Hot weather can increase SSI incidence by nearly 30%

A new study, published in Infection Control & Hospital Epidemiology, links high temperatures to an increase in risk of surgical site infection-related hospitalizations.

Researchers used the National Inpatient Sample database to identify all hospital discharges with a primary diagnosis of SSI from 1998 to 2011. They used data from the National Climatic Data Center to estimate the monthly average temperatures for all hospital locations.

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The study shows that SSI incidence is seasonal, with the highest SSI incidence occurring in August and the lowest in January. Researchers found there were 26.5 percent more SSI cases in August than in January.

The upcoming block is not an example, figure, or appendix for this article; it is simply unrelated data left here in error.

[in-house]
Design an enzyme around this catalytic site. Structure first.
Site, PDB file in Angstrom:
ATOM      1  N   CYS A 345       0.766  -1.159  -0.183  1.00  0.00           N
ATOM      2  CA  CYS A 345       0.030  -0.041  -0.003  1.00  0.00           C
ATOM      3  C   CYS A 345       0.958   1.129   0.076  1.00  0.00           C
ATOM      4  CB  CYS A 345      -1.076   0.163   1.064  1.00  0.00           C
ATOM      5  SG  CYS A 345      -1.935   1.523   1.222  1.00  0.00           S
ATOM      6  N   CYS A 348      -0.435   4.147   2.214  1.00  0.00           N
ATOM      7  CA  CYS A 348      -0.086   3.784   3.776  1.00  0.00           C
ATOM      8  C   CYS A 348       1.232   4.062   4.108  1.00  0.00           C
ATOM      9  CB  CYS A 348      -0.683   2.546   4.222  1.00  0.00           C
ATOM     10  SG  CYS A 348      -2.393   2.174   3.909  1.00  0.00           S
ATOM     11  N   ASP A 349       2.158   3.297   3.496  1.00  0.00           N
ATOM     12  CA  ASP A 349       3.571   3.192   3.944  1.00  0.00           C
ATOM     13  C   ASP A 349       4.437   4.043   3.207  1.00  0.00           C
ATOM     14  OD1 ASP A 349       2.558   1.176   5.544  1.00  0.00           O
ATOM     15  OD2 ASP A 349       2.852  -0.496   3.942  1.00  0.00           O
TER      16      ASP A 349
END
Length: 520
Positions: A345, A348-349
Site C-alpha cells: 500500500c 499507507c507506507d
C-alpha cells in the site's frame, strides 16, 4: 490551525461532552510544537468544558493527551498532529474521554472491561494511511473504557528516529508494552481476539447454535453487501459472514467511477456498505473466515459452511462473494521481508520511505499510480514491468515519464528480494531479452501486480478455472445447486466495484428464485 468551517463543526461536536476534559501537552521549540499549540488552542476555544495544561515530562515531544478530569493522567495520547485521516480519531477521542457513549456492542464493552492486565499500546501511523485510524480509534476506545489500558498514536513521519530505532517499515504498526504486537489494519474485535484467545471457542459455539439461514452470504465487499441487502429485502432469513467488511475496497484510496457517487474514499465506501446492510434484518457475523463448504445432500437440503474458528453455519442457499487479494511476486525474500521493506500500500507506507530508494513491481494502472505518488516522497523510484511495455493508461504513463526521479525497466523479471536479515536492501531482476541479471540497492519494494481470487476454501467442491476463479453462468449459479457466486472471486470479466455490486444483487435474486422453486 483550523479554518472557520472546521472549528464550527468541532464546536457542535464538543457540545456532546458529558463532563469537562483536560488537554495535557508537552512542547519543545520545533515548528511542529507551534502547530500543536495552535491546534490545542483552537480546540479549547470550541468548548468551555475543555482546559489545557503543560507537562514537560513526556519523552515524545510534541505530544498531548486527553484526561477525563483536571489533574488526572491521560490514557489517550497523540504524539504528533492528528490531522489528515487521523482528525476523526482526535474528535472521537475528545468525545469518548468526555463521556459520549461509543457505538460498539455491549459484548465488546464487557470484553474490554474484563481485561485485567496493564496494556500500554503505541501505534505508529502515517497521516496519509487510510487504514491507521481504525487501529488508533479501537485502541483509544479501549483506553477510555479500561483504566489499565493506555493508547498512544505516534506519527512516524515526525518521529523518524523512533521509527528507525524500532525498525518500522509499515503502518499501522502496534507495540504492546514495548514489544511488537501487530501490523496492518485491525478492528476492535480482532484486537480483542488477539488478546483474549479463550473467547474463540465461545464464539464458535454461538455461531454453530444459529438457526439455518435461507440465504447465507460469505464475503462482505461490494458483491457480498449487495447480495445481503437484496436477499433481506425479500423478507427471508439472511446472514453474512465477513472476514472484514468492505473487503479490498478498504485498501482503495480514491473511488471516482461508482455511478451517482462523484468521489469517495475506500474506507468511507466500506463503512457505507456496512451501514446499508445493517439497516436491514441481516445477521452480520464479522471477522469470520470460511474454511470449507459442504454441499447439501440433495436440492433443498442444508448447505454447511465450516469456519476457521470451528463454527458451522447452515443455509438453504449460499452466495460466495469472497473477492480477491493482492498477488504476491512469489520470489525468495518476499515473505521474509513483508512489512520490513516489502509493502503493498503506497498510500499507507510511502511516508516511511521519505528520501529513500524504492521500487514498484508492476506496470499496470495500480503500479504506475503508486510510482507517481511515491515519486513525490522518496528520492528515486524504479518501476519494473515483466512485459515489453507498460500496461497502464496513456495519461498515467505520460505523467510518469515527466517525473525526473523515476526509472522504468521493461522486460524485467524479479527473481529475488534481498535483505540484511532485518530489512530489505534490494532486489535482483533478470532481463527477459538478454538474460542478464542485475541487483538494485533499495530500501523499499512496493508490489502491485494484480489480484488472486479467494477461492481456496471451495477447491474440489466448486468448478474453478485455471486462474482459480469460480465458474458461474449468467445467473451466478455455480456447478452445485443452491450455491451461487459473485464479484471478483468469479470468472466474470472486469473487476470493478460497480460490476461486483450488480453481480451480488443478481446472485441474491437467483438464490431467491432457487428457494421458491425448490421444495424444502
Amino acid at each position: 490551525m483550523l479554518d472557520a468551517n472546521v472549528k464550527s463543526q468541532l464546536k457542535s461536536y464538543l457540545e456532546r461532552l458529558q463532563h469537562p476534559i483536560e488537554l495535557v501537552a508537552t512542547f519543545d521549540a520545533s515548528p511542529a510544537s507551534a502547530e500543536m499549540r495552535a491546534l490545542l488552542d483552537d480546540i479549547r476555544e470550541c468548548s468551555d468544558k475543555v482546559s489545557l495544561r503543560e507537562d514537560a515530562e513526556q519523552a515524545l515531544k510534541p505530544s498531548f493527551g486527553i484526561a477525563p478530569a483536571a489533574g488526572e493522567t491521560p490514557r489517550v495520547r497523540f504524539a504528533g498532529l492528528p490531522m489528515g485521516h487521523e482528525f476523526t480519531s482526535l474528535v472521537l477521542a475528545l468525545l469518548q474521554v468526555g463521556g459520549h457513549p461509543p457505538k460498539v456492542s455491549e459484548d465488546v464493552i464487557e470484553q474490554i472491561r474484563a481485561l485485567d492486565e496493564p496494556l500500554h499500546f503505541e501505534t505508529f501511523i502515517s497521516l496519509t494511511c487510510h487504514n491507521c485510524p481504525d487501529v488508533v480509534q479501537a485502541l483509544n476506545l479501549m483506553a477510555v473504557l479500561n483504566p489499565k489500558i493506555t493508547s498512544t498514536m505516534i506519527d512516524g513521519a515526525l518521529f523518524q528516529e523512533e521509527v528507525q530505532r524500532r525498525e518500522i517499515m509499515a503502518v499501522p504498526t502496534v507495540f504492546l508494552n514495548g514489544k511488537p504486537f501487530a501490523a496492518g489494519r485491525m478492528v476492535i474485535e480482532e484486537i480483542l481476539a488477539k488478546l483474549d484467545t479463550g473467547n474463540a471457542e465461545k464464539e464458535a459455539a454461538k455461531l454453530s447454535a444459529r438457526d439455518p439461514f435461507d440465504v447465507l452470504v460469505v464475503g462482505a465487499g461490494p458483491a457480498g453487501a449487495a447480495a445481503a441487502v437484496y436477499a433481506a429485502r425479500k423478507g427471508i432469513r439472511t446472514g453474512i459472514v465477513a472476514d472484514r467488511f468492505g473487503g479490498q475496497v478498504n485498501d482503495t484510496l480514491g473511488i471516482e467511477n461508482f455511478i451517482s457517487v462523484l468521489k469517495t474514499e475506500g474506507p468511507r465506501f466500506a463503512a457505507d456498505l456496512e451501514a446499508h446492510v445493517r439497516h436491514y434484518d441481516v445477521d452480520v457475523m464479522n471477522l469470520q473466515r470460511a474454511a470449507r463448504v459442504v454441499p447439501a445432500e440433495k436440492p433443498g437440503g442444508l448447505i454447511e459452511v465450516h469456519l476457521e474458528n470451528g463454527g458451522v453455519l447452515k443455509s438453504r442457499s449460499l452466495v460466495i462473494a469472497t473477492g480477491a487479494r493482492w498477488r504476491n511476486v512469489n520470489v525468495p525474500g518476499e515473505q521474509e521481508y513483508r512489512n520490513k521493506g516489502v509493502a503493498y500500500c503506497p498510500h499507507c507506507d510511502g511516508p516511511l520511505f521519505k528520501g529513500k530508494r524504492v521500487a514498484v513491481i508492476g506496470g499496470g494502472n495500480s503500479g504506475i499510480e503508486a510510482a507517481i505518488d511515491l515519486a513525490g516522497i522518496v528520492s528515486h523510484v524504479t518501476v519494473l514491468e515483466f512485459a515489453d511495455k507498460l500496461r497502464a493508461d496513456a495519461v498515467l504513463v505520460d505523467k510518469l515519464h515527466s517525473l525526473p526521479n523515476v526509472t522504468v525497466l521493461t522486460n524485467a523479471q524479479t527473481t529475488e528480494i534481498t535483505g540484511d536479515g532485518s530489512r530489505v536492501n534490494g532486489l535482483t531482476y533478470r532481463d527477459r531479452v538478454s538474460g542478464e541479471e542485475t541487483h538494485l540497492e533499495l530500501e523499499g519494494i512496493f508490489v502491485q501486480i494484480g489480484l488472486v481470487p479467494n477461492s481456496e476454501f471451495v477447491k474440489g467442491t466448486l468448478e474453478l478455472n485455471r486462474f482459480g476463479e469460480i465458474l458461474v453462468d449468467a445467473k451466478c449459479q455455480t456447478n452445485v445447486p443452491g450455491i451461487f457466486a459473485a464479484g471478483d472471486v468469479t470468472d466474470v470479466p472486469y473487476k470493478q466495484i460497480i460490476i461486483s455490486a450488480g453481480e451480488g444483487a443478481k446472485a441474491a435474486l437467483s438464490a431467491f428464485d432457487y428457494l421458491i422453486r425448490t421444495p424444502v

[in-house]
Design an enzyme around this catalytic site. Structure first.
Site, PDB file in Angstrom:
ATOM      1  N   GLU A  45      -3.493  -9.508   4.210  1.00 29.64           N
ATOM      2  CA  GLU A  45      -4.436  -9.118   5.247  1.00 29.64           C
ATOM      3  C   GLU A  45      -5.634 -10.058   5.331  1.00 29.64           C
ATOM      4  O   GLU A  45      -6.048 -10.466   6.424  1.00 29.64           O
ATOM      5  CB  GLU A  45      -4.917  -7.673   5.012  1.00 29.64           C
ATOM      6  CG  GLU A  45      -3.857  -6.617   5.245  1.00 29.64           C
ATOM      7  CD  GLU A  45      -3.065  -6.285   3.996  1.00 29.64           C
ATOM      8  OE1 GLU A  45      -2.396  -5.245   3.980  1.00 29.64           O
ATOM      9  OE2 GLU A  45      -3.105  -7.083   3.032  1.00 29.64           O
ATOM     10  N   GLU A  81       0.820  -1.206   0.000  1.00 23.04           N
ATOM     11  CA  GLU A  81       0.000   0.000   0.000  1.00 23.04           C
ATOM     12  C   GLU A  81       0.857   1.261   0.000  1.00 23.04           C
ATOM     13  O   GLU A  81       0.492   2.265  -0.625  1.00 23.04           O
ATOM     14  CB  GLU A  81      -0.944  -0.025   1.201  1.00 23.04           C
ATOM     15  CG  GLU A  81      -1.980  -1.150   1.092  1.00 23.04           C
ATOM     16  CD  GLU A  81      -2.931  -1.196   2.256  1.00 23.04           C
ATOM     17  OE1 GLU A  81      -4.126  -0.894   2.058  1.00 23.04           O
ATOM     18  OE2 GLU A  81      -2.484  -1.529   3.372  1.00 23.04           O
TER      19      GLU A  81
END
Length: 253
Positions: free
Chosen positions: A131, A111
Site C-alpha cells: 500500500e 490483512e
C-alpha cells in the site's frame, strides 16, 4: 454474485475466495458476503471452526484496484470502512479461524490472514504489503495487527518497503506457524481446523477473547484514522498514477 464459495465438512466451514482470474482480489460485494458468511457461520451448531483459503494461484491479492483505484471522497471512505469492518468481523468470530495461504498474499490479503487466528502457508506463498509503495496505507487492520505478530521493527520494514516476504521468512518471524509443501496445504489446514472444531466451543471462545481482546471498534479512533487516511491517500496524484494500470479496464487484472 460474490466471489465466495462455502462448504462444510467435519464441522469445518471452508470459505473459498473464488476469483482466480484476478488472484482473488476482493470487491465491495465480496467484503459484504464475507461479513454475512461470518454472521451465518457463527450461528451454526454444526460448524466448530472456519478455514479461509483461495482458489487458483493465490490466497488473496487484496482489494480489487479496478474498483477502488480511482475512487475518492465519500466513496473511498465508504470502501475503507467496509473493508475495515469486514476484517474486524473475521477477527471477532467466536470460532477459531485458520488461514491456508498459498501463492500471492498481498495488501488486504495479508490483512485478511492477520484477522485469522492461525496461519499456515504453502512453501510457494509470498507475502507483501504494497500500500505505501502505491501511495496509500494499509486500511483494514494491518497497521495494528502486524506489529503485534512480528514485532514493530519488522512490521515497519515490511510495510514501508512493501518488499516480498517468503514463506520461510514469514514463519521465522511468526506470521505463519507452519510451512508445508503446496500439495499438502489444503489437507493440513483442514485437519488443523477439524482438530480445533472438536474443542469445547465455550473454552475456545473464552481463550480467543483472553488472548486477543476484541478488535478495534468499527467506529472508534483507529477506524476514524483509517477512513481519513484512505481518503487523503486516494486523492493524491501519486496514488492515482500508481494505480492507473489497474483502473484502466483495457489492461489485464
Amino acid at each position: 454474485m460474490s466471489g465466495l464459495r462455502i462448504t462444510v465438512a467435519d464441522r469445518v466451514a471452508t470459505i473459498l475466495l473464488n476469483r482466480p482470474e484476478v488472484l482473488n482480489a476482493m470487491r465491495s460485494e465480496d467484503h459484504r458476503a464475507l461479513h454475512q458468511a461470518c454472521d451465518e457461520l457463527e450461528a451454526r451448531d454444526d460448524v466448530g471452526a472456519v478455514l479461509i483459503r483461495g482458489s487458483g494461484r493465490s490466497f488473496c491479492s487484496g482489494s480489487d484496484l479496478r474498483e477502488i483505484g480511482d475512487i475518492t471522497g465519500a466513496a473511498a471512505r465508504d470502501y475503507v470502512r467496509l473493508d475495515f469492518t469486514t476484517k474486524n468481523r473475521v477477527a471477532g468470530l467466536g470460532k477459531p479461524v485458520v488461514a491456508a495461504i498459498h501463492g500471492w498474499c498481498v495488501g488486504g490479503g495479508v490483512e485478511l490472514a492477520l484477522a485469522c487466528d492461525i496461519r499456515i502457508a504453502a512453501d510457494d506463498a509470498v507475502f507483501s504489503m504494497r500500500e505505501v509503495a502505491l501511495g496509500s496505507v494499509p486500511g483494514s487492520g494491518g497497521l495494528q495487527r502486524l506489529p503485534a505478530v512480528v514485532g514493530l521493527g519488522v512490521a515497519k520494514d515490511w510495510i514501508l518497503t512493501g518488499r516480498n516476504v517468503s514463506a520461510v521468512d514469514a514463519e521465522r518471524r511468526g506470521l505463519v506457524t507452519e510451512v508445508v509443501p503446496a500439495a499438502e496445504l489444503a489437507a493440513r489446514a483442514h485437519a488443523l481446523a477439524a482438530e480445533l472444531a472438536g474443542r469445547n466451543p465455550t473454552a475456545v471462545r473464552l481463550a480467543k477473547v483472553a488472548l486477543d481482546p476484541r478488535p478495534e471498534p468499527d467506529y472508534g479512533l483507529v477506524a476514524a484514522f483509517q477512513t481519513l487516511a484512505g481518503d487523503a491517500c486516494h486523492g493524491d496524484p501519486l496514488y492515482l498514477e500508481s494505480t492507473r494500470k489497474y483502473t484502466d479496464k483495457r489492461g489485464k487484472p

Additionally, the odds of a hospitalization with a primary diagnosis of SSI increased by around 2.1 percent with every 5 degree Fahrenheit increase in average monthly temperature. Temperatures above 90 degrees Fahrenheit increased the odds of a SSI-related hospital admission by 28.9 percent compared to temperatures below 40 degrees Fahrenheit.

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